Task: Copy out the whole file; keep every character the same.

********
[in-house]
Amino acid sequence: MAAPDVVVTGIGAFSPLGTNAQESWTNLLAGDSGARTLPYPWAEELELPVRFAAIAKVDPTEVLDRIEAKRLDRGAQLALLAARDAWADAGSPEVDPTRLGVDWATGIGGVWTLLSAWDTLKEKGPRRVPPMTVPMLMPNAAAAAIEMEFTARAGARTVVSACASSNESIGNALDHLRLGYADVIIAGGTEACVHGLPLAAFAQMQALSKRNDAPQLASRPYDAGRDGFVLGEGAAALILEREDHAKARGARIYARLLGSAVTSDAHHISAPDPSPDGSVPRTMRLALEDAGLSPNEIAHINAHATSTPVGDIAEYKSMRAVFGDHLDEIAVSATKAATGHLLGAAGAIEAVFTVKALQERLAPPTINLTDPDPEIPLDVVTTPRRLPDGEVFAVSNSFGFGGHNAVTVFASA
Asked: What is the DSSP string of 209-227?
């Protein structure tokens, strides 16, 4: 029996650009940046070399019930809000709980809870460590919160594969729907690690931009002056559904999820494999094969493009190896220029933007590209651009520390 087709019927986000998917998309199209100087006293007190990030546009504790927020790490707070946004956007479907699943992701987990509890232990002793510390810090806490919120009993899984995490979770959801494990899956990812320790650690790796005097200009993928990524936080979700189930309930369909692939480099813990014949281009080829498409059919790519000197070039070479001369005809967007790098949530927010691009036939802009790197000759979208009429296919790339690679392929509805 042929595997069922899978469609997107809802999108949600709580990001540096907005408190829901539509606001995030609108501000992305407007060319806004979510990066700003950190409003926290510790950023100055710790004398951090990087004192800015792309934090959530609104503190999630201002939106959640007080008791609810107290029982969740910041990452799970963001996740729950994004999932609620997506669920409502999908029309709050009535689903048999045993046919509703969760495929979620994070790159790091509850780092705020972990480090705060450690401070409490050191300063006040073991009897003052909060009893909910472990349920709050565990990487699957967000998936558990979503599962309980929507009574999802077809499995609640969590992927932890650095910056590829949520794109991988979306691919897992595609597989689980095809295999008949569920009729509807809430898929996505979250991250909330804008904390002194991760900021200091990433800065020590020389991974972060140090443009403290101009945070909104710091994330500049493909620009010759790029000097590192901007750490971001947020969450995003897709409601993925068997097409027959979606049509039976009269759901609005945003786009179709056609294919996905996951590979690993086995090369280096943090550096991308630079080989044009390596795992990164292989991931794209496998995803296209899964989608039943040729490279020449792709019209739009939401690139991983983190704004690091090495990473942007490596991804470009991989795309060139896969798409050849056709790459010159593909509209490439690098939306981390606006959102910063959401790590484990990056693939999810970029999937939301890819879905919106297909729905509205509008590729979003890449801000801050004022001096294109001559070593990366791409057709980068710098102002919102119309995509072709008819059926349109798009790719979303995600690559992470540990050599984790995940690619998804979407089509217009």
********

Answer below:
[in-house]
Amino acid sequence: MAAPDVVVTGIGAFSPLGTNAQESWTNLLAGDSGARTLPYPWAEELELPVRFAAIAKVDPTEVLDRIEAKRLDRGAQLALLAARDAWADAGSPEVDPTRLGVDWATGIGGVWTLLSAWDTLKEKGPRRVPPMTVPMLMPNAAAAAIEMEFTARAGARTVVSACASSNESIGNALDHLRLGYADVIIAGGTEACVHGLPLAAFAQMQALSKRNDAPQLASRPYDAGRDGFVLGEGAAALILEREDHAKARGARIYARLLGSAVTSDAHHISAPDPSPDGSVPRTMRLALEDAGLSPNEIAHINAHATSTPVGDIAEYKSMRAVFGDHLDEIAVSATKAATGHLLGAAGAIEAVFTVKALQERLAPPTINLTDPDPEIPLDVVTTPRRLPDGEVFAVSNSFGFGGHNAVTVFASA
Asked: What is the DSSP string of 209-227?
């Protein structure tokens, strides 16, 4: 029996650009940046070399019930809000709980809870460590919160594969729907690690931009002056559904999820494999094969493009190896220029933007590209651009520390 087709019927986000998917998309199209100087006293007190990030546009504790927020790490707070946004956007479907699943992701987990509890232990002793510390810090806490919120009993899984995490979770959801494990899956990812320790650690790796005097200009993928990524936080979700189930309930369909692939480099813990014949281009080829498409059919790519000197070039070479001369005809967007790098949530927010691009036939802009790197000759979208009429296919790339690679392929509805 042929595997069922899978469609997107809802999108949600709580990001540096907005408190829901539509606001995030609108501000992305407007060319806004979510990066700003950190409003926290510790950023100055710790004398951090990087004192800015792309934090959530609104503190999630201002939106959640007080008791609810107290029982969740910041990452799970963001996740729950994004999932609620997506669920409502999908029309709050009535689903048999045993046919509703969760495929979620994070790159790091509850780092705020972990480090705060450690401070409490050191300063006040073991009897003052909060009893909910472990349920709050565990990487699957967000998936558990979503599962309980929507009574999802077809499995609640969590992927932890650095910056590829949520794109991988979306691919897992595609597989689980095809295999008949569920009729509807809430898929996505979250991250909330804008904390002194991760900021200091990433800065020590020389991974972060140090443009403290101009945070909104710091994330500049493909620009010759790029000097590192901007750490971001947020969450995003897709409601993925068997097409027959979606049509039976009269759901609005945003786009179709056609294919996905996951590979690993086995090369280096943090550096991308630079080989044009390596795992990164292989991931794209496998995803296209899964989608039943040729490279020449792709019209739009939401690139991983983190704004690091090495990473942007490596991804470009991989795309060139896969798409050849056709790459010159593909509209490439690098939306981390606006959102910063959401790590484990990056693939999810970029999937939301890819879905919106297909729905509205509008590729979003890449801000801050004022001096294109001559070593990366791409057709980068710098102002919102119309995509072709008819059926349109798009790719979303995600690559992470540990050599984790995940690619998804979407089509217009």